Soon, We’ll Have Whale Heritage Sites

Written by on August 26, 2015 in Other News, Whales & Dolphins

Earlier this month, the World Cetacean Alliance (WCA) launched a new initiative to acknowledge destinations around the world that “champion responsible whale and dolphin watching and celebrate the cultural importance of cetaceans (whales dolphins and porpoises) living in the waters around them.” These areas will be designated Whale Heritage Sites.

Whale watching tours. Photo credit: NOAA.

Whale watching tours. Photo credit: NOAA.

Whale Heritage Sites will be designated in areas that meet the highest standards of responsible whale and dolphin watching. In order to be awarded accreditation, these locations will be encouraged to connect locals and tourists alike with marine life not just through whale watching, but through arts, science, music, education, and events.

“In my opinion the best possible way to protect ocean wildlife is to encourage people to see it for themselves in a responsible way,” Secretariat of WCA, Dylan Walker, said in a news release. “If, through Whale Heritage Sites, those same people can also experience coastal communities that celebrate and care for their marine natural heritage and understand the importance of a sustainable approach, we may yet win the battle to save our oceans.”

WCA hopes that once a Whale Heritage site is designated, the destination will see an increase in visitor numbers and the associated economic benefits that will help “enable sustainable management of marine resources,” while celebrating the environment. The designation will also help tourists who are looking to travel to eco-friendly places.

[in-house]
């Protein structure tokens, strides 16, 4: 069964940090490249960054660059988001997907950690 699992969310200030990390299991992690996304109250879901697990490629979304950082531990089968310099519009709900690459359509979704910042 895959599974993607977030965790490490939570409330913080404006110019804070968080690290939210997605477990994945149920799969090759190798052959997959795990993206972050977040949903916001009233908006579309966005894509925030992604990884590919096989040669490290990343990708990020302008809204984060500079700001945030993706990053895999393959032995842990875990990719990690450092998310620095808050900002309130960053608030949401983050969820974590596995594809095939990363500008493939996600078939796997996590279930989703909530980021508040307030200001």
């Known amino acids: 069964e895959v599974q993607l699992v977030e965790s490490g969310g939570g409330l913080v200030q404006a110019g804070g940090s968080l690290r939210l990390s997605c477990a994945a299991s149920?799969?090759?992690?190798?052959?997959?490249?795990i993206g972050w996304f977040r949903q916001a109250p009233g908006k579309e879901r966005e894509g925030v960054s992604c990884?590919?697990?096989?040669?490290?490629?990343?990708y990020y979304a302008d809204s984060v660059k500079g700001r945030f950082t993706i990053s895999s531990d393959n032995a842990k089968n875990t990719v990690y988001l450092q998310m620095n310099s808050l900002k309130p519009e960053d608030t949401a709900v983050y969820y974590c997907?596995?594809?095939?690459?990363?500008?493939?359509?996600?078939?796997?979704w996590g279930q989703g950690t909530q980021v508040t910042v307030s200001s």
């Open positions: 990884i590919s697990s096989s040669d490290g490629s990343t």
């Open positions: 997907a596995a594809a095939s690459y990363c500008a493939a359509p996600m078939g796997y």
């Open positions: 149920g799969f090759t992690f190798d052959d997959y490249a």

The first Whale Heritage Sites Summit will be held this October in the Azores Islands, a place known as “a mecca for whale and dolphin enthusiasts.” Tourism, sustainability, and whale watching experts from around the world will meet to determine the criteria for site designation.

The Azores was selected as the location of the first Summit because represents success in the whale watching industry. The island nation successfully transitioned from a whale hunting to a whale watching industry, and is often listed as one of the top ten places to see cetaceans in the wild.

“We are delighted to have been chosen as the very first host of the Whale Heritage Sites Summit. Whales and dolphins have played a very important role in shaping our history, our heritage and our culture and we cherish these animals with which we share our seas,” said Francisco Gil, President of the Azores Promotion Board. “This initiative will help to secure their future wellbeing, not only in the Azores, but all over the world, allowing tourists and communities to enjoy and benefit from these incredible creatures for years to come. We are proud to be involved right from the start.”

Copyright © 2015 by Marine Science Today, a publication of Marine Science Today LLC.

About the Author

About the Author: Emily Tripp is the Publisher and Editor of She holds marine science and biology degrees from the University of Miami's Rosenstiel School of Marine and Atmospheric Science and a Master of Advanced Studies degree in Marine Biodiversity and Conservation from Scripps Institution of Oceanography. When she's not writing about marine science, she's probably running around outside or playing with her dog. .


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